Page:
Although their house was spared (barely), those one block over toward the river were not. Post-flood devastation surrounded them. 

Some of the original wall paper. Actually quite pretty.

The modest home started with four rooms, growing to seven after the birth of the Wagner's 13 children (even with the addition of three rooms, it's a REALLY small space for 15 people! Among the Wagner's children was Anna, born in 1866. Although she moved out briefly when she married Louis Ritter (hence the name of the house), she returned to the family home again in 1903 after her husband died, bringing her three young children with her. 

In 1910 and 1917, respectively, George and Franziska died, leaving Anna in possession of the home, where she lived until she died at the age of 102 in 1968. Marie, her eldest child and only daughter, never left the home, and lived there until her death in 1984. Louis, her youngest son, moved back into the home in the 1950s, after his wife died, and lived there until his death in 1990.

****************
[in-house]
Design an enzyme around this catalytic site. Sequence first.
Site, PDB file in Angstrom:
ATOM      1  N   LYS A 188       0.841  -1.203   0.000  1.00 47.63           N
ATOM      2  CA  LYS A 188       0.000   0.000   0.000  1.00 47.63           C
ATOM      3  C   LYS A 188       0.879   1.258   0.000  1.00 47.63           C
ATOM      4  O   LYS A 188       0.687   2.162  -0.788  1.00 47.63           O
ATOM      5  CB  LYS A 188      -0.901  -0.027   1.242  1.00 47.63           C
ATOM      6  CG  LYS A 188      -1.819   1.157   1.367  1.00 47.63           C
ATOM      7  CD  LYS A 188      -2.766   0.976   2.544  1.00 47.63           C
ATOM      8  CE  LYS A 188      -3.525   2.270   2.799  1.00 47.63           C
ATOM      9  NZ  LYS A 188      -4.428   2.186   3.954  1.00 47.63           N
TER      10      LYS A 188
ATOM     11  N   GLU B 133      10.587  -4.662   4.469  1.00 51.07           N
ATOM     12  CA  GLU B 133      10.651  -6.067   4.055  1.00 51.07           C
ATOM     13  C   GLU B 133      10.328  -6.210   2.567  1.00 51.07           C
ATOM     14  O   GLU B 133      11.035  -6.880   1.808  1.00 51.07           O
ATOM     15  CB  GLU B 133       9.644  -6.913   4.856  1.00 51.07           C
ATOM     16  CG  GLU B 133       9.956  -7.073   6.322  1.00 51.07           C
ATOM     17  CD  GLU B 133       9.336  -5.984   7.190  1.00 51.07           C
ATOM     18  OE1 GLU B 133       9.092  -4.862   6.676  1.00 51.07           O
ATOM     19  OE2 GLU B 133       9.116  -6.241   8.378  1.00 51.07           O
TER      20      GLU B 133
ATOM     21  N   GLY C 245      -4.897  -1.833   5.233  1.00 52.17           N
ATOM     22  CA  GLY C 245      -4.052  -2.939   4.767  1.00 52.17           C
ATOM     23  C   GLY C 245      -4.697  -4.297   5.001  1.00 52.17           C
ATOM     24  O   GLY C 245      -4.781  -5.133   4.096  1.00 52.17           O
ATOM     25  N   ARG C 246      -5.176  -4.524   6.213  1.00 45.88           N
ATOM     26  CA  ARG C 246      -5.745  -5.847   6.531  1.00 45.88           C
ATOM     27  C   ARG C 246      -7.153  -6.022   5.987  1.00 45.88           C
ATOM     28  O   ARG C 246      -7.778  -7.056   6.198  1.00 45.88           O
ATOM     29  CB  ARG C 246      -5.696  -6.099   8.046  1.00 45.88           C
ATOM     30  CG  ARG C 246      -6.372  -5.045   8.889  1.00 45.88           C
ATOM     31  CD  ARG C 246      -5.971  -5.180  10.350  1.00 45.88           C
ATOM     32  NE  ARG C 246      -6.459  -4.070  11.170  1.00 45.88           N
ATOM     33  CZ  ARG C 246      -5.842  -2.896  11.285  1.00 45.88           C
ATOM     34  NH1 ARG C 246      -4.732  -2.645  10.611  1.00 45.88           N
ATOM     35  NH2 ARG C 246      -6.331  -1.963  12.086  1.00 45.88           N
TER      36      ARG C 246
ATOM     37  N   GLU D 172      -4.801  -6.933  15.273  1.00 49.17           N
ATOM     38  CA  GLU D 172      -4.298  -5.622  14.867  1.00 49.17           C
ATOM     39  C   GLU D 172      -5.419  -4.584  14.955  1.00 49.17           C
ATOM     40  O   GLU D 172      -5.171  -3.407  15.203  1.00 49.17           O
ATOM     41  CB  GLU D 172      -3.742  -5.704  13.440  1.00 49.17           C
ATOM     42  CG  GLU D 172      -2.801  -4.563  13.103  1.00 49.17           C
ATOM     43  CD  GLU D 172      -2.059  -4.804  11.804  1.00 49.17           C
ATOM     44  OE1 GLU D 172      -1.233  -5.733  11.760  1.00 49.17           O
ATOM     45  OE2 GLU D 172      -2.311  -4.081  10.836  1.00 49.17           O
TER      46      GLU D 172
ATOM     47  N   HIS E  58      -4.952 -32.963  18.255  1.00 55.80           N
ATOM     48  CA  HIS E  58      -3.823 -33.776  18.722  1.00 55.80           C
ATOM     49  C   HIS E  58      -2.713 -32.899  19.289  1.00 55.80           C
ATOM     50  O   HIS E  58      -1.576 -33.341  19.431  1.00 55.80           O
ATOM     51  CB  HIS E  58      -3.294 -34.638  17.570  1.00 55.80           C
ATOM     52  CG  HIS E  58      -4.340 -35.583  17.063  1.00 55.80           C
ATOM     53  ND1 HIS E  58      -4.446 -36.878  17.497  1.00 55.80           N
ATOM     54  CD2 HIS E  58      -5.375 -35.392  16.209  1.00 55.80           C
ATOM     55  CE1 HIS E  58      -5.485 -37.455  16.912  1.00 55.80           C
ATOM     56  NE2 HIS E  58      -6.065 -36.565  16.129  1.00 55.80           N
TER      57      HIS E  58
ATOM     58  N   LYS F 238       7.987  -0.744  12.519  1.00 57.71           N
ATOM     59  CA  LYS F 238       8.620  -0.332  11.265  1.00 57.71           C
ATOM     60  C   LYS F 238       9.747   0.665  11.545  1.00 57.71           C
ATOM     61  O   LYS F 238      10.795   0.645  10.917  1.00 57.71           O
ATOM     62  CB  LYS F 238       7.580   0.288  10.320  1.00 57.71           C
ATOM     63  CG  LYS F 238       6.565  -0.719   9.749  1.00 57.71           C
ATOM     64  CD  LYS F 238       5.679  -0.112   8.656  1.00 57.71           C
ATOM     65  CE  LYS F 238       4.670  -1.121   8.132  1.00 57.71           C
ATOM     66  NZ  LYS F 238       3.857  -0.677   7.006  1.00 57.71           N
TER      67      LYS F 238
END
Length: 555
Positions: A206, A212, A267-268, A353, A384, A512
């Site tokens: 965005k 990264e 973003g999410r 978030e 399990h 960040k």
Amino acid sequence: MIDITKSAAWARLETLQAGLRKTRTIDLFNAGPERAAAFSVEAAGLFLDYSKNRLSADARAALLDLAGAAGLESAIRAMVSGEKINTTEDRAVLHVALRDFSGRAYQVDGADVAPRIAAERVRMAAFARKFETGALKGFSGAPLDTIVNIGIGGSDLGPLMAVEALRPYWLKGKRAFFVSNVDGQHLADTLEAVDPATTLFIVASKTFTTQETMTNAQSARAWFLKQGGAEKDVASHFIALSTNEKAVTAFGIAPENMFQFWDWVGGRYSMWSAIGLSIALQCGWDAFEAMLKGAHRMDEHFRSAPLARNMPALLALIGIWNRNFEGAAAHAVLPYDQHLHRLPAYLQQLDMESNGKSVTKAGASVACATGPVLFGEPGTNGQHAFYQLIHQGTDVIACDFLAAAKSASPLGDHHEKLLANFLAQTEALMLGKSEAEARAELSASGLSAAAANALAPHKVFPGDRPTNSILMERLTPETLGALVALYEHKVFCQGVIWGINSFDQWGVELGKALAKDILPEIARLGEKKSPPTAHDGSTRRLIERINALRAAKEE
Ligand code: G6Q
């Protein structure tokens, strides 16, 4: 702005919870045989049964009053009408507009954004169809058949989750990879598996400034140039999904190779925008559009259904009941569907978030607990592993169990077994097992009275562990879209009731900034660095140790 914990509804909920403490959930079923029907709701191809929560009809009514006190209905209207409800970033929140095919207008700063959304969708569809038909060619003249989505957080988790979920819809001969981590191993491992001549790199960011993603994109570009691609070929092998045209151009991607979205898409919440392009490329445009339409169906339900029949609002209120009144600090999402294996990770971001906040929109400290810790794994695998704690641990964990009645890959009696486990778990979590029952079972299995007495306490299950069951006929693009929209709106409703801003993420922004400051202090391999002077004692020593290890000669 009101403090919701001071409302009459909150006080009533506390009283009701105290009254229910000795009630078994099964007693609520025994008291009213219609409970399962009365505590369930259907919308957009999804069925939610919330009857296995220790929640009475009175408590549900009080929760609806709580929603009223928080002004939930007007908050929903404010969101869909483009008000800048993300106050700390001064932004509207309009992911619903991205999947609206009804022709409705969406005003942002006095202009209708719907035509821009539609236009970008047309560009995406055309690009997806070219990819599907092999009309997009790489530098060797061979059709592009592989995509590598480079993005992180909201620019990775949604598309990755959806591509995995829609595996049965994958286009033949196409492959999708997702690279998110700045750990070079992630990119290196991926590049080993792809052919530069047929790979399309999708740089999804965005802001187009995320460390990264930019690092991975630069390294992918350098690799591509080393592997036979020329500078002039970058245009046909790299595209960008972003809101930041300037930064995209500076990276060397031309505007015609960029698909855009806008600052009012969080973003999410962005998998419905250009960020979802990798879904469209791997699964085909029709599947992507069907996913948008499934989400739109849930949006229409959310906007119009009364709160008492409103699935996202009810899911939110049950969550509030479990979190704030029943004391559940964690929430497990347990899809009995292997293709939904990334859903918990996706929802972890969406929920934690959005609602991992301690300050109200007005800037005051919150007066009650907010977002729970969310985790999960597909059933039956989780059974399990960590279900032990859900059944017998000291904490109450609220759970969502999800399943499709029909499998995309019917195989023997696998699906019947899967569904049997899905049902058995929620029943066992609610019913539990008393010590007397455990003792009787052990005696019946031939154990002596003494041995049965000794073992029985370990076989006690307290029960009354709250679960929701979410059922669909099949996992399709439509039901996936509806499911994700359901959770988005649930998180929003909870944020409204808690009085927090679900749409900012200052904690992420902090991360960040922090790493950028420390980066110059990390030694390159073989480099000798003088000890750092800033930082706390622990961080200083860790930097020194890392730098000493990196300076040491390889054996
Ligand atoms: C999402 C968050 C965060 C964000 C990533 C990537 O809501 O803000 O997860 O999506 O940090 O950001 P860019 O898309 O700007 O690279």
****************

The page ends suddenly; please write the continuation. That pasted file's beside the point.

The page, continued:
Anna Wagner-Ritter as a young woman, and later, a few years before her death.

After Louis died, the Ritter family donated the house to the Johnstown Area Heritage Association, which decided to bring the house close to its original form, although original furnishings from several periods adorn the various rooms.

Anna with Louis, Jr., and Marie as a young child.

Touring the home, you begin to understand what it was like to live as an average, steel-working family in the late 1800s, and thus you start to understand the home lives of the thousands who toiled in the shadow of the mill.

Inside you'll find appliances, furnishings, and recreations of the original wallpaper of the late 1800s. Outside, there's a 19th-century German raised bed garden. The yard also contains a barn, privy, and a bake oven shelter that have been recreated based on historical and archaeological evidence.

This house is one of about a dozen remaining structures in this working-class neighborhood that survived the Johnstown Flood. 

Know before you go: Park on a side street to Broad — such as Fourth or Fifth Avenue. In addition, two parking spaces are available directly behind the house, on Brallier Place. Or, park across the street (down a block) at the Heritage Discover Center, also run by the Johnstown Area Heritage Association as it's just a short walk to the house from there.

Getting there: 418 Broad Street, Johnstown, PA, 15906

Hours: Saturdays 11 a.m. - 4 p.m.

Looking out the back window, over the garden. The view probably hasn't changed much.